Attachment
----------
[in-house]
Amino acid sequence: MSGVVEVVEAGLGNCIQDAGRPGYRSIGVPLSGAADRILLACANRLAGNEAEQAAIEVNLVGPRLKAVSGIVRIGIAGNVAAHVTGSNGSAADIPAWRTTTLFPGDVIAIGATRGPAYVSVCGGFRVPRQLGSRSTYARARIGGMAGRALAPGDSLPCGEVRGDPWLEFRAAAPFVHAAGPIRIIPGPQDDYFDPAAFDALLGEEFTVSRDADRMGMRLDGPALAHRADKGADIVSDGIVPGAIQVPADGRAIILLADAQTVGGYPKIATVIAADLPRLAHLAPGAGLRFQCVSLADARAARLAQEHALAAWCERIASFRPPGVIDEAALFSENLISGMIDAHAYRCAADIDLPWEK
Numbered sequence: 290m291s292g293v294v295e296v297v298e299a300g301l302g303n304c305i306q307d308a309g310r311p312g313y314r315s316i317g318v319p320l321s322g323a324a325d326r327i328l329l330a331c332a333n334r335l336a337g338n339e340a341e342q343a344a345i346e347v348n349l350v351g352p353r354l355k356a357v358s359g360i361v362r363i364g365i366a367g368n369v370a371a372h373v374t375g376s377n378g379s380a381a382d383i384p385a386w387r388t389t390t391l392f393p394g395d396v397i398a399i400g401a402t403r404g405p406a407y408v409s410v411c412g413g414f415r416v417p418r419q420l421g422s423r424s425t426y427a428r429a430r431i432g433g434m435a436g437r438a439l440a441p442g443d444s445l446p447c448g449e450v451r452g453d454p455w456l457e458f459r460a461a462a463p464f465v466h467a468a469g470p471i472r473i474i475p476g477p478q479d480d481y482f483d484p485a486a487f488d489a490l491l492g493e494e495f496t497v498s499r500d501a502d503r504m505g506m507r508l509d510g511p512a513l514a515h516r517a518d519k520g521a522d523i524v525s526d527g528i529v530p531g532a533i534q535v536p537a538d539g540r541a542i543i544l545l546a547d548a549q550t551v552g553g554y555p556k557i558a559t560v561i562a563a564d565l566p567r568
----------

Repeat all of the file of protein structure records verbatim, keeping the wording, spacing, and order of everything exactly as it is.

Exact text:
[in-house]
Amino acid sequence: MSGVVEVVEAGLGNCIQDAGRPGYRSIGVPLSGAADRILLACANRLAGNEAEQAAIEVNLVGPRLKAVSGIVRIGIAGNVAAHVTGSNGSAADIPAWRTTTLFPGDVIAIGATRGPAYVSVCGGFRVPRQLGSRSTYARARIGGMAGRALAPGDSLPCGEVRGDPWLEFRAAAPFVHAAGPIRIIPGPQDDYFDPAAFDALLGEEFTVSRDADRMGMRLDGPALAHRADKGADIVSDGIVPGAIQVPADGRAIILLADAQTVGGYPKIATVIAADLPRLAHLAPGAGLRFQCVSLADARAARLAQEHALAAWCERIASFRPPGVIDEAALFSENLISGMIDAHAYRCAADIDLPWEK
Numbered sequence: 290m291s292g293v294v295e296v297v298e299a300g301l302g303n304c305i306q307d308a309g310r311p312g313y314r315s316i317g318v319p320l321s322g323a324a325d326r327i328l329l330a331c332a333n334r335l336a337g338n339e340a341e342q343a344a345i346e347v348n349l350v351g352p353r354l355k356a357v358s359g360i361v362r363i364g365i366a367g368n369v370a371a372h373v374t375g376s377n378g379s380a381a382d383i384p385a386w387r388t389t390t391l392f393p394g395d396v397i398a399i400g401a402t403r404g405p406a407y408v409s410v411c412g413g414f415r416v417p418r419q420l421g422s423r424s425t426y427a428r429a430r431i432g433g434m435a436g437r438a439l440a441p442g443d444s445l446p447c448g449e450v451r452g453d454p455w456l457e458f459r460a461a462a463p464f465v466h467a468a469g470p471i472r473i474i475p476g477p478q479d480d481y482f483d484p485a486a487f488d489a490l491l492g493e494e495f496t497v498s499r500d501a502d503r504m505g506m507r508l509d510g511p512a513l514a515h516r517a518d519k520g521a522d523i524v525s526d527g528i529v530p531g532a533i534q535v536p537a538d539g540r541a542i543i544l545l546a547d548a549q550t551v552g553g554y555p556k557i558a559t560v561i562a563a564d565l566p567r568